It must have been in the spring of 1962 that I received a message one afternoon asking me to call at nearby Bow Street Police Station. (“What has she done now?” I thought.) It was a telephone call (I had no telephone in London) from the Immigration Department at Newhaven; they had my friend Maximiani Portas there; she had only £9 in money and had come from India with very odd luggage, and they were not disposed to allow her in. (more…)
Author: Muriel Gantry
The two rooms on the other side of my landing had stayed empty since I came; sometimes I thought of taking them also, but the 15/- rent deterred me. Now, suddenly [in 1945 or, more likely, 1946], I had a new neighbour; the vanguard of Savitri Devi Mukherji, Veronica Vassar.
When I opened my door to her knock the interior voice — which has spoken to me often — said, “You are going to be very nice — or very nasty.” She was austerely passable in looks, and her clothes were unremarkable. (more…)
I decided to return to London and chance the bombs; things were quiet enough. An agent in Bow Street handed me the keys of two rooms in Drury Lane.
180 Drury Lane is still there; its six two-room gas-lit tenements are now three expensive flats, but the old shoe-repairer shop, S. Krantz and Son, Est. 1904 is still on the ground floor. (more…)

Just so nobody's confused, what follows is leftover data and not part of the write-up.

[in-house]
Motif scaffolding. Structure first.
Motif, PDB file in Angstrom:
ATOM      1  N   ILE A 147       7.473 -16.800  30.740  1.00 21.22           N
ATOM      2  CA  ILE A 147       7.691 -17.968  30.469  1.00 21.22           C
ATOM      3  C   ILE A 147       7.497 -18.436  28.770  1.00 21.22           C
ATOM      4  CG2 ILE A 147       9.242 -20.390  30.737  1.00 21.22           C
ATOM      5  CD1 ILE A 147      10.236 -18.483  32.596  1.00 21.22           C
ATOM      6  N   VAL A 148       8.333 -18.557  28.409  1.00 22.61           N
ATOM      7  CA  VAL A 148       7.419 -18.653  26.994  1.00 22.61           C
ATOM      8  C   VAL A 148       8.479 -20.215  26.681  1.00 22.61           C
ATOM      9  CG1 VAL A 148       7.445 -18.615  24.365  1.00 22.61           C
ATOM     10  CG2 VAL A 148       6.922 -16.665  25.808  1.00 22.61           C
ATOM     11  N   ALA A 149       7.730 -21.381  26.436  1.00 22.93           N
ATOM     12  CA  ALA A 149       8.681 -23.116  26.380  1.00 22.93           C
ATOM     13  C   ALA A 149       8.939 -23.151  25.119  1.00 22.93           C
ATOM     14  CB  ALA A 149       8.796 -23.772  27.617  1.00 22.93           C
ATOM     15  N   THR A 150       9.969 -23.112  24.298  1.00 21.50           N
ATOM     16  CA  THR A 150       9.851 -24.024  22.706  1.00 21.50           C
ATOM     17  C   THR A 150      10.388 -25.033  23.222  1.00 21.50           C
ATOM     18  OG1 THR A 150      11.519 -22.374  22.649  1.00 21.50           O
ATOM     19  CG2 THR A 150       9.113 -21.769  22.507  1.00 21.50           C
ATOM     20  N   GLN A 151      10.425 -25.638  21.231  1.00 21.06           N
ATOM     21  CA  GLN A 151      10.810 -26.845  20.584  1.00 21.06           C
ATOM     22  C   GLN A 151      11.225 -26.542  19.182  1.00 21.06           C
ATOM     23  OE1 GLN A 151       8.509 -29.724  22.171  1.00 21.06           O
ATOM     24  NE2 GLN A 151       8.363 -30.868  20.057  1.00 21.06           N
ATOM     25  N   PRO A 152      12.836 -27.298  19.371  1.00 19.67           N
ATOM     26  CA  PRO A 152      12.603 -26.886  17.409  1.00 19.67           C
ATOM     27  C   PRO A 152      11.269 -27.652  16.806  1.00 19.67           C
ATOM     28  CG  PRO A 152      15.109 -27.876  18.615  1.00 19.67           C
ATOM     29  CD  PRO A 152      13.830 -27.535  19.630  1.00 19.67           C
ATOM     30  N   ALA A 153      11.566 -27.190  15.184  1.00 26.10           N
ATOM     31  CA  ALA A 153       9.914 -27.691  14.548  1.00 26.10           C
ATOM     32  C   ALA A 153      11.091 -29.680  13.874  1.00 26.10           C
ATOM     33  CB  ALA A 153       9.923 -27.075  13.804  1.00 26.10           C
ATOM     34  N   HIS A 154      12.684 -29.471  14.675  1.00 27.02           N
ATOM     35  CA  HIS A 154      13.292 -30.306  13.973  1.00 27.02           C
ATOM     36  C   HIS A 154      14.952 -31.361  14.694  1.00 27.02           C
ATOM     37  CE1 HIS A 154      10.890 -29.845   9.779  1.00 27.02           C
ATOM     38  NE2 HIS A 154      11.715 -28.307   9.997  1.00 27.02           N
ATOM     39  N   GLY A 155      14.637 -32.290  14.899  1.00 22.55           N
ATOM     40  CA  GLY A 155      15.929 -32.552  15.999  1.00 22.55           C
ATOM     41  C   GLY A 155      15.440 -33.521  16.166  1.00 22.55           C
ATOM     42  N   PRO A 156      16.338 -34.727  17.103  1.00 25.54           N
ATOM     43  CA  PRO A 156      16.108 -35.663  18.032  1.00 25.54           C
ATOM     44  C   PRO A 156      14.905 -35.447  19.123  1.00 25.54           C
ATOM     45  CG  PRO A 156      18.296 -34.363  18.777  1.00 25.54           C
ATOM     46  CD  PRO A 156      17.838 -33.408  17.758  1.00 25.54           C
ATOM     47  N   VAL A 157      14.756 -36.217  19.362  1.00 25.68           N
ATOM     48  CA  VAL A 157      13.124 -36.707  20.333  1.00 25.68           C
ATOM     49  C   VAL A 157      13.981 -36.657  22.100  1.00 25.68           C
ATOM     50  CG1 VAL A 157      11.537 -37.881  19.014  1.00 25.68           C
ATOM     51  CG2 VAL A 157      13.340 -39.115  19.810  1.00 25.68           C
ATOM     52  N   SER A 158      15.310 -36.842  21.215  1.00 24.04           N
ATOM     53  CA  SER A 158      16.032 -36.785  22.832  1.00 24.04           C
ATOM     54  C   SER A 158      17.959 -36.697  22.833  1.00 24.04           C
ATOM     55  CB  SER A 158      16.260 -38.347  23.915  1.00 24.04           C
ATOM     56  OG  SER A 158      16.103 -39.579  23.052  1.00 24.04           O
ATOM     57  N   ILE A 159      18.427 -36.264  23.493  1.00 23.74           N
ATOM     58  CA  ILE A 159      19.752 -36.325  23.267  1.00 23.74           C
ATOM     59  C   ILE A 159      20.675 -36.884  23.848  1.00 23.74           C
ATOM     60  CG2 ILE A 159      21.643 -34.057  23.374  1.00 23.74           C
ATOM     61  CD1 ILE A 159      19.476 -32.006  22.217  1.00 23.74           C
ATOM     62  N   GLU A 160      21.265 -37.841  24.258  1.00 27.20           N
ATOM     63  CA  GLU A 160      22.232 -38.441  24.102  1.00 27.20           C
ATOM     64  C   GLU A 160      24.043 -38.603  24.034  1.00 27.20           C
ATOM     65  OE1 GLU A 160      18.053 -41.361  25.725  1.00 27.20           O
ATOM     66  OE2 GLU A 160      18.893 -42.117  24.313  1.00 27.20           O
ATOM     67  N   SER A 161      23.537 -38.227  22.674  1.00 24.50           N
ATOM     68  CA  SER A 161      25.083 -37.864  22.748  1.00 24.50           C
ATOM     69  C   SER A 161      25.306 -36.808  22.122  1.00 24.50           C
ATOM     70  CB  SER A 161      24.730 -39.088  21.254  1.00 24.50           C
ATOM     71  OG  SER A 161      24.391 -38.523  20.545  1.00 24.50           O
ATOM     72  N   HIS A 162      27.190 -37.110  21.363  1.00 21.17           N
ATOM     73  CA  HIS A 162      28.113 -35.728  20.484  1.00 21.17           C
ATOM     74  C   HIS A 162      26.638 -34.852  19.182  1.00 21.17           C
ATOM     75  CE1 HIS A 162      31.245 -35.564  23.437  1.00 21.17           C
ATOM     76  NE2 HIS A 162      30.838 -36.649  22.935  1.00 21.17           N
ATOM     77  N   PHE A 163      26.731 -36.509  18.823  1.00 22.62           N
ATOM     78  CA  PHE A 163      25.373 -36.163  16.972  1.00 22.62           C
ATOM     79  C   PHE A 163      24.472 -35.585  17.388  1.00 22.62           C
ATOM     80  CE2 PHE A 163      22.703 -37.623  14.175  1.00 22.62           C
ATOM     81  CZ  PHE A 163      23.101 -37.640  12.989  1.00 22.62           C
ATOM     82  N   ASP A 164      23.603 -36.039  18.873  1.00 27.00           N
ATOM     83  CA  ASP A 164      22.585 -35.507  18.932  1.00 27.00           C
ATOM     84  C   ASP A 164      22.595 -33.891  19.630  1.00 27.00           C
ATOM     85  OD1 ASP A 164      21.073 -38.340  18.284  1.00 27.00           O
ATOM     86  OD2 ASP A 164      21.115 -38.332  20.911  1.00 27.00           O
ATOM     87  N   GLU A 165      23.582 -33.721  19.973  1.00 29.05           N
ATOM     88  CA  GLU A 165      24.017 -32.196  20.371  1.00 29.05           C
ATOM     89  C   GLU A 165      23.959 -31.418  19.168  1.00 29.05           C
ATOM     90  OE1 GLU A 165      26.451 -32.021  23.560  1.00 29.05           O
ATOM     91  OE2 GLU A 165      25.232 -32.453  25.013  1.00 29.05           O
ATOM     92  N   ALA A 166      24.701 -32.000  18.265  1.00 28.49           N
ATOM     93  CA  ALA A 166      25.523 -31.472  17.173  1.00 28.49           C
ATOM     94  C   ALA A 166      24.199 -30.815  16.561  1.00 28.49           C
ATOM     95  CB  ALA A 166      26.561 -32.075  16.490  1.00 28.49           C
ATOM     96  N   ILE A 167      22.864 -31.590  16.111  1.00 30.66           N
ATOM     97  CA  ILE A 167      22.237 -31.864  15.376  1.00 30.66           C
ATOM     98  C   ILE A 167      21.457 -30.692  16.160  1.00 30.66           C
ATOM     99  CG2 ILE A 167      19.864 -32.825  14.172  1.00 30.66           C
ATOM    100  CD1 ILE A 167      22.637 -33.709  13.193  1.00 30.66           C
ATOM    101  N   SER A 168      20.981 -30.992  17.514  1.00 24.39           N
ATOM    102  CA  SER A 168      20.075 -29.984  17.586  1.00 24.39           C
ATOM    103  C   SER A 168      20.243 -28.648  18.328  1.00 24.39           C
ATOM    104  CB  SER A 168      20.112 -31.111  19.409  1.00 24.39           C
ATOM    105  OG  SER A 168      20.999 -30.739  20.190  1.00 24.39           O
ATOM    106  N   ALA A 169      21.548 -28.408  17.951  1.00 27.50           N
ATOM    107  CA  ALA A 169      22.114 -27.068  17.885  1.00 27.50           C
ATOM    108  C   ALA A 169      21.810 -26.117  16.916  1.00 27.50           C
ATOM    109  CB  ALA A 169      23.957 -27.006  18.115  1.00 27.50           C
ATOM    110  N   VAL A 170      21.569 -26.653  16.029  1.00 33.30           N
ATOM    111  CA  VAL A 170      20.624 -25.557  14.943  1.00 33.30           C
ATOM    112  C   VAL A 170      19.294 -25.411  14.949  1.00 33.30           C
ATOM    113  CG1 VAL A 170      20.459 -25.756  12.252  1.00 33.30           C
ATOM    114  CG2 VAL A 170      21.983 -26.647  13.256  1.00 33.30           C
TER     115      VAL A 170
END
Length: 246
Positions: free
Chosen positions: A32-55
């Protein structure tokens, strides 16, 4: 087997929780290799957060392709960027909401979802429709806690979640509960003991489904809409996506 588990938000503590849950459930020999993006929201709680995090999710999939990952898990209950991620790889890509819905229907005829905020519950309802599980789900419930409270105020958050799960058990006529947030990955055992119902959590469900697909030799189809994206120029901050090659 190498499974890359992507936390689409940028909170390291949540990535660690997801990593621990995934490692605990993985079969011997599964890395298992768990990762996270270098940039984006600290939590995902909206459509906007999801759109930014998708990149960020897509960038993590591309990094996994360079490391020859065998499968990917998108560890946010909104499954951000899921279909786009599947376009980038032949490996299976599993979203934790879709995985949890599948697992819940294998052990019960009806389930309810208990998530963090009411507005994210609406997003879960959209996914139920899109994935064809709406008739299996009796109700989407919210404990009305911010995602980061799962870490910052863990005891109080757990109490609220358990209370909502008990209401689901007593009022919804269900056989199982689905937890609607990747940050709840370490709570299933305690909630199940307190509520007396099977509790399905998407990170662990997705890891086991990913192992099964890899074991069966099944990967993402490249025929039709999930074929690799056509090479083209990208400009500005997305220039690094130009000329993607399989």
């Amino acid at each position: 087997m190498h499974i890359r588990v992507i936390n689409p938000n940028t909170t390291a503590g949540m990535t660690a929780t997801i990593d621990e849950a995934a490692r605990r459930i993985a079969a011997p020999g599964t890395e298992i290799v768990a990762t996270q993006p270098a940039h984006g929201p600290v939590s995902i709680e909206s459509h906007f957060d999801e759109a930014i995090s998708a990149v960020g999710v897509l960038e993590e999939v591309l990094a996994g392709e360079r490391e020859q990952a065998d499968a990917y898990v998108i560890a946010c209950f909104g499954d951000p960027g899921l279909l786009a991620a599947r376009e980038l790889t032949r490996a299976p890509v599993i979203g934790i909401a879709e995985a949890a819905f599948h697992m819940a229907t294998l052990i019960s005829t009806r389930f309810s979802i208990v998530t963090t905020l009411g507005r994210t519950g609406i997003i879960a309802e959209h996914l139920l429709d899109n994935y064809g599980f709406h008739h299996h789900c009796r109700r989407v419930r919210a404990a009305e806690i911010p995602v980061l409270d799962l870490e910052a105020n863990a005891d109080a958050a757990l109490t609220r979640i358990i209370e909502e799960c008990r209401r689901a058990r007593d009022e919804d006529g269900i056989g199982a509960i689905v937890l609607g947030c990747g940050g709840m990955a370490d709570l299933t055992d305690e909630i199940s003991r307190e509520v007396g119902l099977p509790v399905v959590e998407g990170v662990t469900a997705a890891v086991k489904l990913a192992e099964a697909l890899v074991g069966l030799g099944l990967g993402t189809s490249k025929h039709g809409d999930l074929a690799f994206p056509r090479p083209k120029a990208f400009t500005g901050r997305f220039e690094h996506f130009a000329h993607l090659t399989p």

I went to Maidenhead; it was probably safe, not far from London, and Ivor Novello lived there.
Since autumn 1937, when he opened in London with his third Drury Lane musical Crest of the Wave, I had seen him at least once a week from the (2/-) gallery and waited for him at the stage door every evening I could. I was not alone, but lived conveniently near, in New Row off St. Martin’s Lane, so it was easy. I was established as a fan by now and he knew my name. He was most kind and considerate to his fans and really seemed to like us. (more…)
Part 1 of 5 (Part 2 here)
Editor’s Note: The following text is an unpublished “curriculum vitae” by Muriel Gantry (1913–2000), which she prepared in 1995 for Nicholas Goodrick-Clarke, who was then writing a biography of her friend Savitri Devi. Goodrick-Clarke also recorded an audio interview with Gantry that has been published at The Savitri Devi Archive. The cover page of this text reads “Curriculum Vitae of Muriel Gantry: All You Ever Wanted to Know and a Great Deal You Probably Didn’t,” and is dated April 19, 1995. (more…)
Editor’s Note: The following text by Muriel Gantry (1913–2000) is a bit more than half of the “Curriculum Vitae of Muriel Gantry: All You Ever Wanted to Know and a Great Deal You Probably Didn’t,” which she prepared in 1995 for Nicholas Goodrick-Clarke, who was writing a biography of her friend Savitri Devi. (more…)